UNEP report says investing on ecosystem can boost food security

New York, US (PANA) - A new report by the UN Environment Programme (UNEP) and its partners said that investing in healthy ecosystems could boost food security, improve resilience to climate change and provide economic benefits for poor communities,

The report, entitled: "An Ecosystems Approach to Water and Food Security", was launched at the just-concluded World Water Week in Stockholm, Sweden.

It was produced by UNEP and the International Water Management Institute (IWMI), in partnership with 19 other organizations.

A statement on the report, made available to PANA in New York, on Monday stated:
"Managing and investing in the connections between ecosystems, water and food, through diversifying crops, planting trees on farmland and improving rainwater collection and other practical steps can boost agricultural production.

"This could also help avoid water scarcity and meet the growing food demands of a global population set to reach 9 billion by 2050,” it said.

It noted that, "one of the main challenges in boosting current levels of food production is the availability of water, which is needed for livestock, crop irrigation and fisheries and other agricultural uses."

The statement said that groundwater levels, for example, were declining rapidly in several
major breadbaskets and rice bowl regions such as the North China plains, the Indian
Punjab and in Western United States.

It pointed out that, "maintaining healthy, resilient ecosystems to ensure water availability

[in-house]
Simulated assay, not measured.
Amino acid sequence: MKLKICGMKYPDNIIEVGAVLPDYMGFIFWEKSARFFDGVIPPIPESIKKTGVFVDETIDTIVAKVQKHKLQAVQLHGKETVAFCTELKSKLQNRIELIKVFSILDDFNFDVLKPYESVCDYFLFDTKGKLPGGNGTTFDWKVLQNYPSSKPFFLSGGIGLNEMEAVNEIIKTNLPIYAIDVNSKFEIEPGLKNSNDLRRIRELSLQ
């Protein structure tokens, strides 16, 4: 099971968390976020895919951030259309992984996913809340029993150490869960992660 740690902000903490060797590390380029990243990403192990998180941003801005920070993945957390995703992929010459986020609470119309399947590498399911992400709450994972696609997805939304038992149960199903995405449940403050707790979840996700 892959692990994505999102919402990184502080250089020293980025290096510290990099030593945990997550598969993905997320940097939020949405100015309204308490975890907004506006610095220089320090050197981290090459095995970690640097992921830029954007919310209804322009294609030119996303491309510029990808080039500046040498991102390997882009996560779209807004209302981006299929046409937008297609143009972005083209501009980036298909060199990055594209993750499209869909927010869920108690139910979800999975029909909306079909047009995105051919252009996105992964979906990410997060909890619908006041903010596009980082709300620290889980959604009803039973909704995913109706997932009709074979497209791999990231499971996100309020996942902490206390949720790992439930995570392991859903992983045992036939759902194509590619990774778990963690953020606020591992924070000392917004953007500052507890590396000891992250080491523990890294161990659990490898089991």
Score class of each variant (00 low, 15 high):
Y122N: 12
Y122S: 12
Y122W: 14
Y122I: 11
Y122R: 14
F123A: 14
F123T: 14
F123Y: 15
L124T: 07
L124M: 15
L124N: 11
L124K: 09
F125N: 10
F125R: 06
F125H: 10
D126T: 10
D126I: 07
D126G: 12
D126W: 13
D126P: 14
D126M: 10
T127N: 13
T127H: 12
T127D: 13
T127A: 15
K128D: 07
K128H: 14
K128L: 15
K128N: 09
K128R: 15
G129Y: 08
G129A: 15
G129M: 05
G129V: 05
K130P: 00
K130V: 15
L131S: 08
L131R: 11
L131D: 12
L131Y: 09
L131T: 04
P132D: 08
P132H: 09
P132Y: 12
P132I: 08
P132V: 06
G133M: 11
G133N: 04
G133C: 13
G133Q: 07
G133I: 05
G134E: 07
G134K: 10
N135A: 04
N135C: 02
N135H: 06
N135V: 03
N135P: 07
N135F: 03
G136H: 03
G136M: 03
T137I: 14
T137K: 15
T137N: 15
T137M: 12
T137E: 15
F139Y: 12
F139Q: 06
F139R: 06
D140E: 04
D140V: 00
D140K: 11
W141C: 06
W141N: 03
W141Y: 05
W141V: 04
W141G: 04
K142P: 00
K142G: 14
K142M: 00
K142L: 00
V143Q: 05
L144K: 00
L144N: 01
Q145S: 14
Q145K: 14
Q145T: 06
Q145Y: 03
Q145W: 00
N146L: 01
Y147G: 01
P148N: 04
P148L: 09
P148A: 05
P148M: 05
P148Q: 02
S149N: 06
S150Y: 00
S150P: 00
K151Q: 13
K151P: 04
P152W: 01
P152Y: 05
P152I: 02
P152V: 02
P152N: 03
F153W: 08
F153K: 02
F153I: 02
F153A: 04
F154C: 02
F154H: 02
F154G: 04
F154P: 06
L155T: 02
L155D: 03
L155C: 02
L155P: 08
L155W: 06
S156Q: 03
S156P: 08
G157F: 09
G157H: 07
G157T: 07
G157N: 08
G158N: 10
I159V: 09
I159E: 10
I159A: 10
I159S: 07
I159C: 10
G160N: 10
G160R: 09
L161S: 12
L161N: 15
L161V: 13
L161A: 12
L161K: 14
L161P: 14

for agriculture and other ecosystem services is essential for long-term food security."

The report, written by over 50 contributors and using case studies from China, Guatemala, Jordan and other communities, recommended changes to three specific areas, namely environmental protection, water resources management and food production, which it said were needed to improve food security and reduce stresses on water supply.

It also sets out recommendations for dry lands, wetlands, crop systems, fisheries and
livestock systems.

It stated that, "water scarcity and land degradation are the most prominent constraints for food production in dry lands, which support one third of the world’s population, up to 44 per cent of its cultivated systems and about 50 per cent of its livestock.

"Among its recommendations for dry lands, the report suggested creating corridors to
promote the movement of livestock, which can reduce overgrazing and land degradation
caused when animals are confined to small areas, as well as cultivating local plants better
adapted to dry conditions,'' the statement said.

In addition to boosting food security, the report noted that an ecosystem services approach to agriculture could also help raise living standards and income.

"The Peruvian Amazon, for example, is home to indigenous communities that rely on forest ecosystem services for their food supply, livelihoods and cultural practices. Recently, conservation groups have been working with local people to develop agricultural and economic resources,'' it said.

"Through better ecosystem management, some 600 families saw their incomes increase,
mainly through revenues from more productive fish farms and agroforestry.

"Increased food production came hand-in-hand with conservation plans, which were
developed for 16 forest communities,'' it added.
-0- PANA AA/BOS 22Aug2011

22 august 2011 16:00:05




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